Overly long at 130 minutes, the film does take its time showing the differences between the aliens and their individual behaviors. Amano and Akira are casually ruthless, willing to do whatever it takes to send a beacon to begin the alien invasion, no matter how many must die along the way, while Shinji is the curious and almost open-minded one, whose personal journey finds him at one point asking a priest to envision and describe “love”, a concept that is so individualistic and personal that it can’t be taken, much less fathomed, by this alien being. While many of these scenes are necessary, they could have easily been edited down to shave 10-15 minutes, making the film flow a bit more smoothly.

While the film begins on a dark note, there is a scene in the third act that is so pure and moving that tears immediately filled my eyes and I choked up a little. It’s a moment of both sacrifice and understanding, one that brings a recurring thread in the story full circle.

With every passing minute, Before We Vanish makes it clear that it’s much more horror-adjacent than horror. An alien invasion thriller with ultimate stakes, it will certainly have appeal to genre fans. That being said, those who go in expecting action, violence, and terror will certainly be disappointed. But those whose mind is a bit more open to a wider range of possibilities will find a delightful story that attempts to find out what it means to be human, even if we have to learn the lesson from an alien.

  • Before We Vanish
4.0

Summary

Before We Vanish is a beautiful, wonderful tale that explores what it means to be human when faced with the threat of extinction.

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Delirium Review – Bros, Cameras And A Whole Lotta Shakin’ Goin On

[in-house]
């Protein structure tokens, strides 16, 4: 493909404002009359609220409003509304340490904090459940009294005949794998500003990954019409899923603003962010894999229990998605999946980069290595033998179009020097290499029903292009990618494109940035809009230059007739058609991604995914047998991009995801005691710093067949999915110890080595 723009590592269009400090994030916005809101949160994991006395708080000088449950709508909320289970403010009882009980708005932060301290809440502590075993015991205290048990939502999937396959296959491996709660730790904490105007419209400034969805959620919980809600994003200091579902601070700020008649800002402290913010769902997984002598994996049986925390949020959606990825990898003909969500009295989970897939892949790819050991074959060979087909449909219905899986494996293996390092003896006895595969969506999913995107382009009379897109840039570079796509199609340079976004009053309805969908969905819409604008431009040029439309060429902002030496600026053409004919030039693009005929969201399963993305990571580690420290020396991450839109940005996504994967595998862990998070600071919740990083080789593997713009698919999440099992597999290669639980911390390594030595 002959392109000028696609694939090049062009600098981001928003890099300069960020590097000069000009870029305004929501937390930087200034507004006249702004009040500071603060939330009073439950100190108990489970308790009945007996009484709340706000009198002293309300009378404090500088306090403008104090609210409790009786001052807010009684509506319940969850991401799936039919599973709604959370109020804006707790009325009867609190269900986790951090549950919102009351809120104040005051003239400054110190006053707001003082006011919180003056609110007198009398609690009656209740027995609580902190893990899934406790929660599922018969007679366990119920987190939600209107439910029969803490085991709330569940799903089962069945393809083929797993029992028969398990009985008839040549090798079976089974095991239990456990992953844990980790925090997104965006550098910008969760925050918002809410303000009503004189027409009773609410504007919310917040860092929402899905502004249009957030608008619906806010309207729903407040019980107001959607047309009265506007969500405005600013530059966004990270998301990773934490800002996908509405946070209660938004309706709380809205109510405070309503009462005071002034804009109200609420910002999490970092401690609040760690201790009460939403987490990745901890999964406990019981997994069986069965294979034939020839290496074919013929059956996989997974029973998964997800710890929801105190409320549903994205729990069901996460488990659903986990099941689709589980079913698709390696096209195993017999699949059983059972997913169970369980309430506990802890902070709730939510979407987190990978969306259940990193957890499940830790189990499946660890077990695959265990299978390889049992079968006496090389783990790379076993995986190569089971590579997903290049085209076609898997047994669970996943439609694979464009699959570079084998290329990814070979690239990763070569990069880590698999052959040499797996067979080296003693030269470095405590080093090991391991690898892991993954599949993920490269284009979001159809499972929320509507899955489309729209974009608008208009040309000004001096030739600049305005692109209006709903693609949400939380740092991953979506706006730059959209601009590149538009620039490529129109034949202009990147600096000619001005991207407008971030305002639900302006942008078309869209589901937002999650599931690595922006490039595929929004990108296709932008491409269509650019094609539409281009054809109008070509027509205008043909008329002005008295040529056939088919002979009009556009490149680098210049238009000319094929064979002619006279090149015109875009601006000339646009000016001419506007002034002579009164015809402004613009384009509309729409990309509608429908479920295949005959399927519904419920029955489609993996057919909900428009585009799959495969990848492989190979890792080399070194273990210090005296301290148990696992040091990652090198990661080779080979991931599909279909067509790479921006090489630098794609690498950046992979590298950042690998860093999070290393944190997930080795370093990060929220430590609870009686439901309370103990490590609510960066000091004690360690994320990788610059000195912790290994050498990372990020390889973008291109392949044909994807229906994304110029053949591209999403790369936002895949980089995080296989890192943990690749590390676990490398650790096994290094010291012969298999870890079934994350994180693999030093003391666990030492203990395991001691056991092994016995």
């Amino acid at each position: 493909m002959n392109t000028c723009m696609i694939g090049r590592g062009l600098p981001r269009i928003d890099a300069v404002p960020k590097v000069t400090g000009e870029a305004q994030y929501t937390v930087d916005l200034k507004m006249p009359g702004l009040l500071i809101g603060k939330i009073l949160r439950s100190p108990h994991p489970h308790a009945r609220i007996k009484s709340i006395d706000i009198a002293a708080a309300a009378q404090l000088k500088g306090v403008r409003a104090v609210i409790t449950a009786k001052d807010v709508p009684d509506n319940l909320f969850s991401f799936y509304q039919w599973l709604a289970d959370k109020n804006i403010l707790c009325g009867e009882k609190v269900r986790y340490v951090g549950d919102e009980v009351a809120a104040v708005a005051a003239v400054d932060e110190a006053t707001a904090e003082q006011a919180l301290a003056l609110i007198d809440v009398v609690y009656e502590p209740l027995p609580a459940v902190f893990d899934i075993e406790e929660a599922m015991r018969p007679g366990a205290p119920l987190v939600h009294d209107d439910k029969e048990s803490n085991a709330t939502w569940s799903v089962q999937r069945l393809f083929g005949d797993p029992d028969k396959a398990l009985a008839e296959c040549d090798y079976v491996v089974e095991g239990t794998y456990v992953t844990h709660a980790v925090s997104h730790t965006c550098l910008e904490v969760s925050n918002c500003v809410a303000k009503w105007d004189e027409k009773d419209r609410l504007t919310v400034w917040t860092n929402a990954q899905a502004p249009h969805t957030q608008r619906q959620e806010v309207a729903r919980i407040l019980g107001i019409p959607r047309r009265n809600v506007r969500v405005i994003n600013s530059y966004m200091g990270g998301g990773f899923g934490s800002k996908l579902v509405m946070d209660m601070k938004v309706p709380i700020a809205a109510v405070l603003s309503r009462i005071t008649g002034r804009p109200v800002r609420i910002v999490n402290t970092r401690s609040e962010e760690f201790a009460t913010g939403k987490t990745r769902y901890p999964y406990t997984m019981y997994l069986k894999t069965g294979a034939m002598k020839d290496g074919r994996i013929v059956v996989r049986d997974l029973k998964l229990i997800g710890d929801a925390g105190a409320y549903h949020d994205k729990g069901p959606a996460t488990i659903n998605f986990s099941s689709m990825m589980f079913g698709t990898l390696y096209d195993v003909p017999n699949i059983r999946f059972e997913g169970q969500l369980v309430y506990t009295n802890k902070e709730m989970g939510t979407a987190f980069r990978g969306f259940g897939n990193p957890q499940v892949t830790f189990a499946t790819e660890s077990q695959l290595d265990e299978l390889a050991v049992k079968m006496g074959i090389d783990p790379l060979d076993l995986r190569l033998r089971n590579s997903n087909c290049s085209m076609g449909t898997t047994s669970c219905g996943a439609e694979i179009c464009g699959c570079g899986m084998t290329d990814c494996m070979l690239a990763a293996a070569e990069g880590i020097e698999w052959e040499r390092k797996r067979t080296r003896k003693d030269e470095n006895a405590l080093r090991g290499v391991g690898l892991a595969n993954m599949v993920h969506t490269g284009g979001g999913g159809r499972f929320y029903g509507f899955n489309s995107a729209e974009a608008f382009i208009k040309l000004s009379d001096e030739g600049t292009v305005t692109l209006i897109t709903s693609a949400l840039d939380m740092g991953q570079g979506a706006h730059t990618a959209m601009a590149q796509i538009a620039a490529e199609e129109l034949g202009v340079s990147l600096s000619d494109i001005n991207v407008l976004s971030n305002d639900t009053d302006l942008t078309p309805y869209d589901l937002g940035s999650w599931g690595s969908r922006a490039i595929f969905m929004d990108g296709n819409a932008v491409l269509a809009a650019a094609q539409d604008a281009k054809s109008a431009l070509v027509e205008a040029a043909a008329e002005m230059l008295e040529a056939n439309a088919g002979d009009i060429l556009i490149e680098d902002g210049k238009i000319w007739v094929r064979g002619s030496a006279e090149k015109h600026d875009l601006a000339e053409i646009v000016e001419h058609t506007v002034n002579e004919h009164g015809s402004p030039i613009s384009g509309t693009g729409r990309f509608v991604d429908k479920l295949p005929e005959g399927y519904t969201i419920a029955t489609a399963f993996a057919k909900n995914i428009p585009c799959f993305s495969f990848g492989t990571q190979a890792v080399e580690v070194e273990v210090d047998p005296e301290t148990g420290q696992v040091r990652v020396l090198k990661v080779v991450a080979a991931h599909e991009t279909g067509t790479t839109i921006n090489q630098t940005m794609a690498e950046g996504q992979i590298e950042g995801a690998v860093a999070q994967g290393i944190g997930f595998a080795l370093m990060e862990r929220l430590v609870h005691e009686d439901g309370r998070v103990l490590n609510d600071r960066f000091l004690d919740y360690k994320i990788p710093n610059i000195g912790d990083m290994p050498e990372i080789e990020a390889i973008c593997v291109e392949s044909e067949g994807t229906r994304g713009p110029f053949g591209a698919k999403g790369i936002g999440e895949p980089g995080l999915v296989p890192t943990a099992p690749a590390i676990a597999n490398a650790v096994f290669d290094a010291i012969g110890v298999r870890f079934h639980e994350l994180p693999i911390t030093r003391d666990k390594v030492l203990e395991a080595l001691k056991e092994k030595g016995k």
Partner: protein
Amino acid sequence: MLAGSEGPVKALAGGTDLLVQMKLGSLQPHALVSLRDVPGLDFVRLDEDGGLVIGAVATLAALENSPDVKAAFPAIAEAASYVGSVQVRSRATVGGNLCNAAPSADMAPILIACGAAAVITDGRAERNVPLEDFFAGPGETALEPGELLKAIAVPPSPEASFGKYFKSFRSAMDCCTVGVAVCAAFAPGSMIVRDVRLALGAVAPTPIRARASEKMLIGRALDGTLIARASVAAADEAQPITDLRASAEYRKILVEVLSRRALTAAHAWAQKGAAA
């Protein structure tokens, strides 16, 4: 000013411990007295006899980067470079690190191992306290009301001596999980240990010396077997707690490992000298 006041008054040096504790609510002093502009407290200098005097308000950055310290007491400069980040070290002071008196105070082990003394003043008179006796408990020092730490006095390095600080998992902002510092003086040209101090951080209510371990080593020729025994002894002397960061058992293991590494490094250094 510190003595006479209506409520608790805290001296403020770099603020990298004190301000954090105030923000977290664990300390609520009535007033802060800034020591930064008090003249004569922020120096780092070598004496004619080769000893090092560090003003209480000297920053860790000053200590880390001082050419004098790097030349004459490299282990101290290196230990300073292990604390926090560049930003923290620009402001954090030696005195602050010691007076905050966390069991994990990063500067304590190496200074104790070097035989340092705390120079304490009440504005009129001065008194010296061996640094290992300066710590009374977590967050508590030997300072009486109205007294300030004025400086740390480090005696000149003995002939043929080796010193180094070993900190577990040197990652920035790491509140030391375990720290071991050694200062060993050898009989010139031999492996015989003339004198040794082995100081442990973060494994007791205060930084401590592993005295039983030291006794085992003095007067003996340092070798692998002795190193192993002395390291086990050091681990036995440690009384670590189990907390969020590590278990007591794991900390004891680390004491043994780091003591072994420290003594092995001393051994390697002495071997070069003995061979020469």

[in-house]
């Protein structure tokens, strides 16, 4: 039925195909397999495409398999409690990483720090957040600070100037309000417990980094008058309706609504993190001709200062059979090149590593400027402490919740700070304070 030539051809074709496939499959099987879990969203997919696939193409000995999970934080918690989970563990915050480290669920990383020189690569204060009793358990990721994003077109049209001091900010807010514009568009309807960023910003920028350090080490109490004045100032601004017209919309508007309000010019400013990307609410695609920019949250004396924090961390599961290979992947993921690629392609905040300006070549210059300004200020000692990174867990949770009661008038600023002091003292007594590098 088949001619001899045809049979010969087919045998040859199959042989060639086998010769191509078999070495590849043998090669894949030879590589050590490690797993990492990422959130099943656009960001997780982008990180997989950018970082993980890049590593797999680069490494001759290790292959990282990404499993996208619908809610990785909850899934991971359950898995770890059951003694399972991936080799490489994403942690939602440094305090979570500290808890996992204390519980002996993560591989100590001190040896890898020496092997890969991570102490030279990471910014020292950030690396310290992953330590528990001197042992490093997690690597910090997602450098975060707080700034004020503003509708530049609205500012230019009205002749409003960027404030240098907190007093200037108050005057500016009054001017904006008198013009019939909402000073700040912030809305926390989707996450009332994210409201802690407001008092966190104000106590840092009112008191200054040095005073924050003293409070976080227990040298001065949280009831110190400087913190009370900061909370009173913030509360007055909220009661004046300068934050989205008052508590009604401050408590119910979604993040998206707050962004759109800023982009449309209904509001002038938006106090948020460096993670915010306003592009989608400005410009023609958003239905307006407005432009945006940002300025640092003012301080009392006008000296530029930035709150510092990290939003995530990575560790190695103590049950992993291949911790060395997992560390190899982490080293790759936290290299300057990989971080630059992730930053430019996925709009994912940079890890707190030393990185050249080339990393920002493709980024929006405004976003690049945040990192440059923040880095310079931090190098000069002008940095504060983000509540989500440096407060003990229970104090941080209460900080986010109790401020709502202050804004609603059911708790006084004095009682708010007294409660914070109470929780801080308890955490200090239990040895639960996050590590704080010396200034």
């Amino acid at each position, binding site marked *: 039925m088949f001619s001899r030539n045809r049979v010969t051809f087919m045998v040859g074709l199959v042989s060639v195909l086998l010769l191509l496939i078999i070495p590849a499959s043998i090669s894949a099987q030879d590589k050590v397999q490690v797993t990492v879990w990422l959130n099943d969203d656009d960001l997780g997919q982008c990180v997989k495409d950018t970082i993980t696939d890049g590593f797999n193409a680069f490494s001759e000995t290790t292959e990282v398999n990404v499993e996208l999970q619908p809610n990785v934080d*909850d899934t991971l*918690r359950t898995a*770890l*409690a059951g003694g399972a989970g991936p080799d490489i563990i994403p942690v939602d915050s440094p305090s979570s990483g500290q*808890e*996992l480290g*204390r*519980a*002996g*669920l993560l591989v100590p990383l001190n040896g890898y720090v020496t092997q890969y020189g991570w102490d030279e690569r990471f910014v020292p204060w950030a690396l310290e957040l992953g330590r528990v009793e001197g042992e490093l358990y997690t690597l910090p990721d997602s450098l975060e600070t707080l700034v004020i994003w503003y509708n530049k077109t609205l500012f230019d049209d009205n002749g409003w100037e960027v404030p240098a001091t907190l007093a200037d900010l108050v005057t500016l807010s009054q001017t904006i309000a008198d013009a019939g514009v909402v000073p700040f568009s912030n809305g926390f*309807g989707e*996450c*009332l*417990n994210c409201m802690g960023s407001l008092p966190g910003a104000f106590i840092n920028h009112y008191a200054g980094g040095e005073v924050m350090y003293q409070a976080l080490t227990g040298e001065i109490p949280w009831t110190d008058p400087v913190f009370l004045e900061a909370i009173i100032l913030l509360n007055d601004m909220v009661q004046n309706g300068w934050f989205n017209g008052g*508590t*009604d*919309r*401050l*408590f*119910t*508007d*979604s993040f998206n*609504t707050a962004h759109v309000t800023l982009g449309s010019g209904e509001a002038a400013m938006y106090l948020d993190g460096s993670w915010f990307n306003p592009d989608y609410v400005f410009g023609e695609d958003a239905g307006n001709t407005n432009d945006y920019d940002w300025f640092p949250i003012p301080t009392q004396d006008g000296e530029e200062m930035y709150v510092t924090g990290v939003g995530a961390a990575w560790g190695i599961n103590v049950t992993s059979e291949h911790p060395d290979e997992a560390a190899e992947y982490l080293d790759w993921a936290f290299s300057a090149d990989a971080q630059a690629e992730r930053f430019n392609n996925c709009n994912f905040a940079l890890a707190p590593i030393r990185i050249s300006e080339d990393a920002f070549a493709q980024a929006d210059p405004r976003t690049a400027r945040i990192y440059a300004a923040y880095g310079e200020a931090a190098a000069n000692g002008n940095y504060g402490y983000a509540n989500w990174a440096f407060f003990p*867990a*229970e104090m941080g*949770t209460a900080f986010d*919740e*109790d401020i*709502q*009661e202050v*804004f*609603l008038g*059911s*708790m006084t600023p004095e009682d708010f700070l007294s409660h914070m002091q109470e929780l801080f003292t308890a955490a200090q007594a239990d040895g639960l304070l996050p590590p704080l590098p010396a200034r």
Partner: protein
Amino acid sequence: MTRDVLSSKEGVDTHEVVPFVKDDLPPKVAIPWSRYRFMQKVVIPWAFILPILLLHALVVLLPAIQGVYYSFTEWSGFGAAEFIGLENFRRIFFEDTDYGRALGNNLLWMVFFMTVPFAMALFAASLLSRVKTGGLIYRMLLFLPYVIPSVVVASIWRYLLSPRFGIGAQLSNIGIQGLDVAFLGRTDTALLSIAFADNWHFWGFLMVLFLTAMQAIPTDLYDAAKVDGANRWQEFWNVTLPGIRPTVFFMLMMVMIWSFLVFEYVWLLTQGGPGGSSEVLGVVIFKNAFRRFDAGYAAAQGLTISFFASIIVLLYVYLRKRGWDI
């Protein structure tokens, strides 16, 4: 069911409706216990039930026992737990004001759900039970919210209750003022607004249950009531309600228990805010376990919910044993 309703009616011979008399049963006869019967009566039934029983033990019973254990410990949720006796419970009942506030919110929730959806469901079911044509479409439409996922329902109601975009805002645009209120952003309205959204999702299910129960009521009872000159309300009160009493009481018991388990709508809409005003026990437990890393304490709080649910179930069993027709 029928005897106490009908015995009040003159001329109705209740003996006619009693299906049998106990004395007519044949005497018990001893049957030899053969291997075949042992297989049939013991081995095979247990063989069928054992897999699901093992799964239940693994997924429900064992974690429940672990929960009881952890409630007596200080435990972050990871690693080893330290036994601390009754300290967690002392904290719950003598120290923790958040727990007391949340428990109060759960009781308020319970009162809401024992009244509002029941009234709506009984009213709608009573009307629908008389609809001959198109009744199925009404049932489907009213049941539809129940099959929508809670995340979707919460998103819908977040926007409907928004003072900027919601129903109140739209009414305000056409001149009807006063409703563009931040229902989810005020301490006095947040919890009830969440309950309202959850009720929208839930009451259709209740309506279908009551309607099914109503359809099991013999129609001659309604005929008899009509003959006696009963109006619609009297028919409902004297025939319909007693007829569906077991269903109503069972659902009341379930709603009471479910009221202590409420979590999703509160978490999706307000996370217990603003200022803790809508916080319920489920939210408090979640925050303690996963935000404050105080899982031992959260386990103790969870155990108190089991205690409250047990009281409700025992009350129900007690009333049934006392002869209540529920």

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Starring Mike C. Manning, Griffin Freeman, Ryan Pinkston

Directed by Johnny Martin


When will these testosterone-overloaded frat bros with cameras ever learn that pissing off the evil souls of the departed all in the name of amusement won’t get you anywhere but wrecked? Same goes for filmmakers: when will they learn that found-footage exploits set in a house of pure sadism are something of a wrung-out affectation? Oh well, as long as people keep renting them, they’ll continue to get manufactured…which might or might not be to the benefit of the horror film-watching populous.

Delirium opens with a poor lad, strapped with a GoPro, running for his life through a labyrinth of haunted territory, praying for an escape…and it’s a foregone conclusion as to what happens to this trespassing individual. We then relocate our focus towards a collection of (ahem), “gentlemen” self-titled as The Hell Gang, and their escapades are about as profound as their grasp on the English language and its verbiage. The words “dude”, creepy”, and the term “what the fuck” are thrown about so much in this movie it’ll make your head spin to the point of regurgitation. Anyway, their interest in the home of the Brandt clan is more piqued now than ever, especially considering one of their own has gone missing, and they’ve apparently got the gonads to load up the cameras, and traverse the property after-hours, and against the warnings of the local law-enforcement, who surprisingly are just inadequate enough to ignore a dangerous situation. The cursed family and the residence has quite the illustrious and bleak history, and it’s ripe for these pseudo-snoopers to poke around in.

Usually I’m curb-stomping these first person POV movies until there’s nothing left but a mash of blood, snot and hair left on the cement, but Martin’s direction takes the “footage” a little bit outside of the box, with steadier shots (sometimes) and a bit more focus on the characters as they go about their business. Also, there are a few genuinely spooky scenes to speak of involving the possession of bodies, but there really isn’t much more to crow about, as the plot’s basically a retread of many films before it, and with this collection of borderline-douches manning the recording equipment, it’s a sad state of affairs we’re in that something such as this has crept its way towards us all again. I’m always down for jumping into a cold grave, especially when there could be a sweet prize to be dug up in all that dirt, but Delirium was one of those movies that never let you find your footing, even after you’ve clawed your way through all of the funereal sediment – take a hard pass on this one.

 

  • Film
2.0

Summary